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Before the War
The Holocaust
Displaced Persons Camps
Where Can We Go?
The Journey
Welcome to Canada
New Lives
Canadian Immigration Overview
III. Auschwitz
I worked in a furniture factory outside of the camp and life was a little more orderly. We had a place to sleep and a bit of food. I even got to know an SS guard and volunteered to polish his boots and wash his dishes. In return, the guard gave me leftovers to eat and, later, arranged for me to transfer to another floor, where I had access to alcohol for trading purposes.

I met a boy, named Marvin, and his father who I had known in my home town. We helped each other out a great deal. We comforted each other. Marvin and I had all sorts of fantasies about what we would do if we ever got out of there. Still, life was dangerous. Twice I had to pass "selections" at Auschwitz. I would run naked past a group of officials who would decide if people were healthy enough to work. If judged unhealthy, a guard would hook his cane around the prisoner's neck and send him to the gas chambers.
IV. Death March »   
David's Map
I. Gherla, Transylvania
II. Deportation
III. Auschwitz
IV. Death March
V. Realizing the Loss
VI. Coming to Canada
VII. Becoming Canadian
Gas chamber
Sealed rooms in extermination camps and some concentration camps, often masked to look like shower or delousing facilities. Prisoners were crowded into the chambers where poison gas or carbon monoxide was released. Zyklon B was used at Auschwitz-Birkenau and Majdanek. Most of the other killing centres used carbon monoxide. After gassing victims' bodies were cremated or buried in mass graves.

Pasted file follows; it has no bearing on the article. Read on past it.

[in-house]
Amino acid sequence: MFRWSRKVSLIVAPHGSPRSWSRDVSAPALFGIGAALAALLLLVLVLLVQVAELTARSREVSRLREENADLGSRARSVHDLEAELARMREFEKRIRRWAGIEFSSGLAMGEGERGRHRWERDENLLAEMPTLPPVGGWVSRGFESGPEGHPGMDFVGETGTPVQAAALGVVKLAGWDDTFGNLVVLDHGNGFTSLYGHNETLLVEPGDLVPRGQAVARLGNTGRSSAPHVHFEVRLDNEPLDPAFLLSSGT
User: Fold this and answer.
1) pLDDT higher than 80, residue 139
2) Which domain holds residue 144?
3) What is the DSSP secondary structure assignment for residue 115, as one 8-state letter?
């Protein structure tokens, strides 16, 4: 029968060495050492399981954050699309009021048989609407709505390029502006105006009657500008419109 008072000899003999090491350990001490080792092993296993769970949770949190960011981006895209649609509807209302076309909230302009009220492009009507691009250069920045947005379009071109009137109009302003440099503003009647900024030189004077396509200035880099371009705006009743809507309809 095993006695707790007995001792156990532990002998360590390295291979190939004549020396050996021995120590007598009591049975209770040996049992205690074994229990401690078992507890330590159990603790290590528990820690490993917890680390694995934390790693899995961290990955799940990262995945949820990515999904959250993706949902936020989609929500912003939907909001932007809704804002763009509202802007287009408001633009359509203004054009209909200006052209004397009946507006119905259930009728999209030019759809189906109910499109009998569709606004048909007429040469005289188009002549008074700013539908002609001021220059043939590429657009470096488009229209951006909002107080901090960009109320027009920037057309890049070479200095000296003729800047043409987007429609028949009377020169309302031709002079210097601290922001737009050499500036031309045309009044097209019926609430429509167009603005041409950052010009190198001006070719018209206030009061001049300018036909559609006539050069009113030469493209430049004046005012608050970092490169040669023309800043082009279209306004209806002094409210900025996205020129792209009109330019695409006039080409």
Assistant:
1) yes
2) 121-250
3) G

The process of choosing victims to be killed in the concentration camps. These 'selections" targeted women, children, the elderly and those physically unfit for slave labour. Medical personnel often carried out the selections.
Abbreviation for Schutzstaffel (Defence Protective Units), usually written with two lightning symbols. Initially established as Hitler's personal bodyguard, the SS was transformed into a larger organization by Heinrich Himmler. Although some SS units were assigned to the battlefield, the organization is best known for its role in the destruction of European Jewry.